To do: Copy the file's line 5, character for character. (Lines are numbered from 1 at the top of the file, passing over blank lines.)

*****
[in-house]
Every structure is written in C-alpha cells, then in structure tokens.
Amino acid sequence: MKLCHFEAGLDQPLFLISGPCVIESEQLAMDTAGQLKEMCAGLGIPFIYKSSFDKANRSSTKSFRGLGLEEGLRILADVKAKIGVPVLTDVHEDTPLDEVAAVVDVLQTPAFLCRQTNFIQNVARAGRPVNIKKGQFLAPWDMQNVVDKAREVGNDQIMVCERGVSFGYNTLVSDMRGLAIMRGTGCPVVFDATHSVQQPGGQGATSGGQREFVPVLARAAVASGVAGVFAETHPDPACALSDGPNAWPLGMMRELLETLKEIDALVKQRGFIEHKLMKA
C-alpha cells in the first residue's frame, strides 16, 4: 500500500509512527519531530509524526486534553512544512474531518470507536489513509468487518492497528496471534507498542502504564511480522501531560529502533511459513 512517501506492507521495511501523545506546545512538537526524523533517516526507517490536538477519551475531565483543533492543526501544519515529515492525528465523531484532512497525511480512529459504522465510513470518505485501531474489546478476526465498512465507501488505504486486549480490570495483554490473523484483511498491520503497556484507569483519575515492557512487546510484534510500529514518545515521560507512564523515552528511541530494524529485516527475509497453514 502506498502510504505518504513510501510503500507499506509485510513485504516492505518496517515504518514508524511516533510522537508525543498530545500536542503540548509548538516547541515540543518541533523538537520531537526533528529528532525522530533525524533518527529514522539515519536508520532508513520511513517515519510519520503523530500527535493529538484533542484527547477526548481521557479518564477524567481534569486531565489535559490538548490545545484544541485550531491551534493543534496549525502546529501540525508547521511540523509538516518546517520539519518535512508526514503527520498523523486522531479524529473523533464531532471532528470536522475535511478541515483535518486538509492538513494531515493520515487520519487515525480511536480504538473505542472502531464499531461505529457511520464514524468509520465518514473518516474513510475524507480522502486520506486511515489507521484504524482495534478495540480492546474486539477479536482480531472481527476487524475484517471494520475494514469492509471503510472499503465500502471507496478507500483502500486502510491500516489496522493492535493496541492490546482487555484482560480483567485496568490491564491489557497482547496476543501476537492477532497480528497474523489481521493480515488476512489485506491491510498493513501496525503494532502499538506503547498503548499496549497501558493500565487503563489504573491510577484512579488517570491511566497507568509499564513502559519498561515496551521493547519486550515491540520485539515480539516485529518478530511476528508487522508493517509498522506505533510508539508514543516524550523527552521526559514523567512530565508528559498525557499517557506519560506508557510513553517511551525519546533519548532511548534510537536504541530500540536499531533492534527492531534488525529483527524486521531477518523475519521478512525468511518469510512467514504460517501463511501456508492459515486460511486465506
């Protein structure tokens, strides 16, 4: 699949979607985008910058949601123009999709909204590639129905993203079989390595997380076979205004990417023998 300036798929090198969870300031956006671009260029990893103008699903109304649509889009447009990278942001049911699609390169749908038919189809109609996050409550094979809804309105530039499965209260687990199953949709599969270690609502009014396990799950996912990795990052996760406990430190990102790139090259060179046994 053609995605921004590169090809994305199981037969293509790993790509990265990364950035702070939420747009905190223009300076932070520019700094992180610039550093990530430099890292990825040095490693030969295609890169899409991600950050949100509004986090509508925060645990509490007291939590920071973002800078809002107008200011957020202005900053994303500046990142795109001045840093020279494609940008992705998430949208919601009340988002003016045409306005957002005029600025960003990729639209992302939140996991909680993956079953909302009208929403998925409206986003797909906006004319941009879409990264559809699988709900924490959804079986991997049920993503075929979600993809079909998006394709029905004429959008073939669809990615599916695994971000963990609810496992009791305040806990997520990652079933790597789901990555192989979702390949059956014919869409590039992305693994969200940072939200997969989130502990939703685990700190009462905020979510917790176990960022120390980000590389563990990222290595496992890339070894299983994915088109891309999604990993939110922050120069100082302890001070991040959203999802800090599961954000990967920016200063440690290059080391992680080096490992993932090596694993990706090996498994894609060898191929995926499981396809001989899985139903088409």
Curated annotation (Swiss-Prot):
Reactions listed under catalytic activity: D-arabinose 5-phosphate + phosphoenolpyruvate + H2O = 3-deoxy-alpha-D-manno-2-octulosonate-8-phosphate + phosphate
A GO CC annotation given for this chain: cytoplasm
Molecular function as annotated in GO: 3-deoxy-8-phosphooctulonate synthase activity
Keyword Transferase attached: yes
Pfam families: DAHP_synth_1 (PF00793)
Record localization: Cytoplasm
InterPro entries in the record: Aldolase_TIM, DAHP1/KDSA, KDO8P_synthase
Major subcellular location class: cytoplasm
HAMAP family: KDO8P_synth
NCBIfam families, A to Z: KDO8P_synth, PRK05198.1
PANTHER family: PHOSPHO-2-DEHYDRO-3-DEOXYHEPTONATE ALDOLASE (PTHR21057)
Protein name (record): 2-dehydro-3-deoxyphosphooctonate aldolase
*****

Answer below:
């Protein structure tokens, strides 16, 4: 699949979607985008910058949601123009999709909204590639129905993203079989390595997380076979205004990417023998 300036798929090198969870300031956006671009260029990893103008699903109304649509889009447009990278942001049911699609390169749908038919189809109609996050409550094979809804309105530039499965209260687990199953949709599969270690609502009014396990799950996912990795990052996760406990430190990102790139090259060179046994 053609995605921004590169090809994305199981037969293509790993790509990265990364950035702070939420747009905190223009300076932070520019700094992180610039550093990530430099890292990825040095490693030969295609890169899409991600950050949100509004986090509508925060645990509490007291939590920071973002800078809002107008200011957020202005900053994303500046990142795109001045840093020279494609940008992705998430949208919601009340988002003016045409306005957002005029600025960003990729639209992302939140996991909680993956079953909302009208929403998925409206986003797909906006004319941009879409990264559809699988709900924490959804079986991997049920993503075929979600993809079909998006394709029905004429959008073939669809990615599916695994971000963990609810496992009791305040806990997520990652079933790597789901990555192989979702390949059956014919869409590039992305693994969200940072939200997969989130502990939703685990700190009462905020979510917790176990960022120390980000590389563990990222290595496992890339070894299983994915088109891309999604990993939110922050120069100082302890001070991040959203999802800090599961954000990967920016200063440690290059080391992680080096490992993932090596694993990706090996498994894609060898191929995926499981396809001989899985139903088409």